Jim Roffler and Jeff Reinland have combined to roam the sidelines of men’s basketball games in the Northwest Athletic Conference for nearly half a century. for their efforts, the duo has an aggregate 930 victories for Lower Columbia and Walla Walla colleges, respectively.
The pair have also led their teams to a combined 38 postseasons which includes 33 NWAC tournament appearances and 13 trophies.
Their friendship goes back 25 years, when Roffler was in his first years at LCC, and Reinland was the boys basketball coach at nearby Kelso High School.
“We go way back, and I consider him a good friend and a great coach,” Reinland said of Roffler. “He’s a very good game coach and I’ve admired his game adjustments. Over the years he’s been one of the most successful in the NWAC.”
Roffler and Reinland will be on opposing benches when the Red Devils (23-8) and Warriors (22-8) tangle in a semifinal game at the NWAC Men’s Basketball Championships on Saturday at Everett College. The winner advances to the title game against either Tacoma or Umpqua at 5:15 p.m. Sunday in Everett.
“I have the utmost respect and admiration for Coach Reinland,” Roffler said. “We’ve been doing it for a long time, and we approach the game from similar standpoints. Our style of play may be different, but the way we handle our teams and what we expect is very similar.”
The contest is a rematch of a Dec. 17 game where Walla Walla made a school-record 23 3-pointers in a 99-92 win in the NWAC Crossover Tournament held at Myklebust Gym.
“We were hot that game, and they were too,” Reinland said. “We led by six at halftime. They hit 50 percent of their shots, and we made 45 percent.”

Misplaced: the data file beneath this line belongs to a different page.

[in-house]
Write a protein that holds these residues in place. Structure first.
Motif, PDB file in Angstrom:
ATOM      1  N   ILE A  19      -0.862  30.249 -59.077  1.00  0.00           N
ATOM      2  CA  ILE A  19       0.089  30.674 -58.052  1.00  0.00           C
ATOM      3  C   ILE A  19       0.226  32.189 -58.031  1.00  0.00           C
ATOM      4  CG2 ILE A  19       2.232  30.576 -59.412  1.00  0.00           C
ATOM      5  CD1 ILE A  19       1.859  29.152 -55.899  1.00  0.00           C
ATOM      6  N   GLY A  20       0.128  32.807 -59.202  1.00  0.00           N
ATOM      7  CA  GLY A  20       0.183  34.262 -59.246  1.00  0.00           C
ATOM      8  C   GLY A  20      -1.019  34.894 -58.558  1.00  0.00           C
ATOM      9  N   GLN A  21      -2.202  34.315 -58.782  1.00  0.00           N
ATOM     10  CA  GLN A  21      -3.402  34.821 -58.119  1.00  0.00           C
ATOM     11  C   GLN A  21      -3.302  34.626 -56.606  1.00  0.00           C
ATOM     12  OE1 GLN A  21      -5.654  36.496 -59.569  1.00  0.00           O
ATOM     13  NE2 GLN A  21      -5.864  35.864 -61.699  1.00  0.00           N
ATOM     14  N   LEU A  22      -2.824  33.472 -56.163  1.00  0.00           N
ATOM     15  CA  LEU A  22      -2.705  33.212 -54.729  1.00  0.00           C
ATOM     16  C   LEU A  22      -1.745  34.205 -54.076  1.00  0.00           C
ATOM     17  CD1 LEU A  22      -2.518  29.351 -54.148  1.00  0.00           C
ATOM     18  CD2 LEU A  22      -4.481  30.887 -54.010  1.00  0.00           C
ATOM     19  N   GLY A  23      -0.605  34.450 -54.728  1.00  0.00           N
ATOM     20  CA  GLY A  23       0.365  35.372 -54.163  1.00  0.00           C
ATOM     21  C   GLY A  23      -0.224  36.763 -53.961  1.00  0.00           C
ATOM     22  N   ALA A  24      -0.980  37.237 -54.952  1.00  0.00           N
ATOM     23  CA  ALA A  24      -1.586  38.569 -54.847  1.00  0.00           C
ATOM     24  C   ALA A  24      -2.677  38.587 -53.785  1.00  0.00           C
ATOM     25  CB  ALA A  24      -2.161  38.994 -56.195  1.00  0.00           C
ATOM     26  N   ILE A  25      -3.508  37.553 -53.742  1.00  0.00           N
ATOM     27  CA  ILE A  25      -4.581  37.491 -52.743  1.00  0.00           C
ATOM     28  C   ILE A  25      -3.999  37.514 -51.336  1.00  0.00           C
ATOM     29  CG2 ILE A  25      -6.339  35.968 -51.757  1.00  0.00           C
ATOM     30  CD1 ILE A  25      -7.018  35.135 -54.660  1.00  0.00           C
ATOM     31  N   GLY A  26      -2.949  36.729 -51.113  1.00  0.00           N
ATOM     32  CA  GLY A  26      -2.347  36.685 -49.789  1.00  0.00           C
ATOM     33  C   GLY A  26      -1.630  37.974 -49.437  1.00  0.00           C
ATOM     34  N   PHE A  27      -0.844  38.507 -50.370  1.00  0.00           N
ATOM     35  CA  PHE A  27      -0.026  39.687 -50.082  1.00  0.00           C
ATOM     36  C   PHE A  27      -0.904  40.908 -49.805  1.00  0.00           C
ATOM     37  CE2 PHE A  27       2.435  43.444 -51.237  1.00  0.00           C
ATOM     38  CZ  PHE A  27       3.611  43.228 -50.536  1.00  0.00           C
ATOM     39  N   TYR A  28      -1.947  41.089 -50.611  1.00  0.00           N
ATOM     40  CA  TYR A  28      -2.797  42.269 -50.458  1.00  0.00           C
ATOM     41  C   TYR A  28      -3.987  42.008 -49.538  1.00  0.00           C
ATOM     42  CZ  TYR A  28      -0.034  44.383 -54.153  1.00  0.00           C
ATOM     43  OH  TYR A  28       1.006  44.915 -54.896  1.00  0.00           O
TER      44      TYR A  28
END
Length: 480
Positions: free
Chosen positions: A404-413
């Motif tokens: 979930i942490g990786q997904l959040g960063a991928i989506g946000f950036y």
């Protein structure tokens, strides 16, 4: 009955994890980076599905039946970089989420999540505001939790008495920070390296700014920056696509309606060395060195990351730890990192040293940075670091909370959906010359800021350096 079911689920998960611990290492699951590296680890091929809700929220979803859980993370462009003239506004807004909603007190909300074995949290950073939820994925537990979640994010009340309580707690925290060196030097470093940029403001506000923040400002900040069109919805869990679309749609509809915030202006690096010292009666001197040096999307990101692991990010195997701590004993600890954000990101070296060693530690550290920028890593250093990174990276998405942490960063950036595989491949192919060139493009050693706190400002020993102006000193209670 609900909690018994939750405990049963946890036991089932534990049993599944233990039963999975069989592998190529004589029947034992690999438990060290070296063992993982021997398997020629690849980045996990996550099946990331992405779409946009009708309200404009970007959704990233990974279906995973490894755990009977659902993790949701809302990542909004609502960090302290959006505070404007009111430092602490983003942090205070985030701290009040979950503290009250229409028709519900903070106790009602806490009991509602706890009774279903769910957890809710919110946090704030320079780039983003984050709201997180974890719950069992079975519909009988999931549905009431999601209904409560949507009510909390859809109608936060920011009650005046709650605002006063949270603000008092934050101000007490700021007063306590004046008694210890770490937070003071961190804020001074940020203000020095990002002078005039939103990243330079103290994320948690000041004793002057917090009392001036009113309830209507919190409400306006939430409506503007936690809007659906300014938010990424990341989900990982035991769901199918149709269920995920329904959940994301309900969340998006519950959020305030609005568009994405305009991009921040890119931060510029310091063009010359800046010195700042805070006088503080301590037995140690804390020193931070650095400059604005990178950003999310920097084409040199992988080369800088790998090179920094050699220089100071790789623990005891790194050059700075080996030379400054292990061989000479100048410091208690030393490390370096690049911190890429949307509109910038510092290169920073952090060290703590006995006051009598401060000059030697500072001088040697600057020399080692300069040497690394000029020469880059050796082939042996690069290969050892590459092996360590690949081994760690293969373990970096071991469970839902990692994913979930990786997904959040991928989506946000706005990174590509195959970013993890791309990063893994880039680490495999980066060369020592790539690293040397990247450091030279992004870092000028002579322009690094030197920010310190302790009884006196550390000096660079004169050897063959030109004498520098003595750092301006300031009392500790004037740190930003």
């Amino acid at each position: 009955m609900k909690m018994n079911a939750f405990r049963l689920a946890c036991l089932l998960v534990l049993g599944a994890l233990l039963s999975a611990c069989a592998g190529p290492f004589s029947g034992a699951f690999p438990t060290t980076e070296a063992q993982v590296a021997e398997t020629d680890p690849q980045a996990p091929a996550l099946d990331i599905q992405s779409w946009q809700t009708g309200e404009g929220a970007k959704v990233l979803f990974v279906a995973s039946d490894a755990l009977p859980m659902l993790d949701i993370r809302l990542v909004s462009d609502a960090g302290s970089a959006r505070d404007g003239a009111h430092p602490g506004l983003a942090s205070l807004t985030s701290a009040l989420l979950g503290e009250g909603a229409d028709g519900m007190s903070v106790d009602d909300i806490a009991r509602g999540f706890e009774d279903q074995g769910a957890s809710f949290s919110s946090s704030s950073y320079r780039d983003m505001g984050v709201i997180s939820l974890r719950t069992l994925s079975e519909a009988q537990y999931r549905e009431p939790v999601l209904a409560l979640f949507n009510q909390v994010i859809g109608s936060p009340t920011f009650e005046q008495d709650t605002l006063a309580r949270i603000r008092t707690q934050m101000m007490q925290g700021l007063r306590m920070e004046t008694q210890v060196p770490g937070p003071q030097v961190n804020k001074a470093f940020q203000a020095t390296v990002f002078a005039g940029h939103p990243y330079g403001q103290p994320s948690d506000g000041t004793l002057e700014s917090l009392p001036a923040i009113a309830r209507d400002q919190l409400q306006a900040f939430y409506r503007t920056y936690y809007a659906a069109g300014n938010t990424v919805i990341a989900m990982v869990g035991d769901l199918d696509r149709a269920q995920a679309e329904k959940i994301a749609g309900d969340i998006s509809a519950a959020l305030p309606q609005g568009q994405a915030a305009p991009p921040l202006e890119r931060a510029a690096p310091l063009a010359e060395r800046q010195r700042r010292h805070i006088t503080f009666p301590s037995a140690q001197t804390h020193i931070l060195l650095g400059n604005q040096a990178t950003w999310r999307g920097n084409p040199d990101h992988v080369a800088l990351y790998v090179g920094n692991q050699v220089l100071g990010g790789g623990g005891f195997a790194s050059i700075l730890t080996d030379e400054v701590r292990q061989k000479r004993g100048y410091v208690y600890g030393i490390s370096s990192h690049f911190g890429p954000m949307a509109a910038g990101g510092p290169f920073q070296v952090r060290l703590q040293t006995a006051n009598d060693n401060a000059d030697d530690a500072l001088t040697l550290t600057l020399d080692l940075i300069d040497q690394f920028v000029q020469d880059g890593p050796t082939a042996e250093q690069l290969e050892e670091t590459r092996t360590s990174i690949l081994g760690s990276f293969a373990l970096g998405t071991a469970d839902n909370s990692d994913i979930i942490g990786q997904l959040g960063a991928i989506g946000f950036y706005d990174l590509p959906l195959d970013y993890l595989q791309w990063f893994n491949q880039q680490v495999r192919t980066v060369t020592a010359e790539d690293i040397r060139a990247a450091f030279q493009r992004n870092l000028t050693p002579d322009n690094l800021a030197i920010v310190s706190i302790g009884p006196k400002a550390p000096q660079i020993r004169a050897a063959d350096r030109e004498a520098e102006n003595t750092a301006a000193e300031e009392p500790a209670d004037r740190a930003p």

The Warriors aren’t afraid of dialing it up from long distance. They’ve shot 1,130 threes through 30 games (37.6 average per game), which is 215 more than the next closest team in the conference. Walla Walla has made 36 percent of its treys, 410.
“Our strength is our guards and perimeter shooting,” Reinland explained. “Our inside game has got better and we’ve had had a lot of great post players through the years, but it’s the 3-ball which stands out so much.”
In their previous tournament games against Pierce and Whatcom, the Warriors were a combined 18-63 from outside the arc.
“Against Pierce we took 22, which is low,” Reinland said. “We only made four and still won. We can grind with anyone.”
During the season, the Warriors had the fourth-best offense at 90.2 points per game, and are atop the tournament stats at 84.5. By contrast, LCC was 23rd in scoring at 78.3 during the season, and have upped their output to 83.0 per game in the postseason.
“We are certainly playing our best ball now,” Roffler said. “When we played them before, we stayed in our man defense so we could learn it. If we would’ve played zone and worked at it, we would’ve won the game, but wouldn’t have learned from it.”
Sophomores Gabe Porter (23.5), Caulin Bakalarski (20.5), Dalton Thompson (15.2) and freshman Landon Radliff (11.5) are all guards, and keys to the Warriors’ offense.
“Their system is unique and we know what to expect,” Roffler said. “We’ve got a good feel of how to defend them, but we also have to play well at the other end.”
No matter the outcome, the longtime coaches will remain friends.
“We’re old school coaches who like to do things the right way,” Reinland said. “I can’t think of anyone I’d rather be coaching against in this game than Jim.”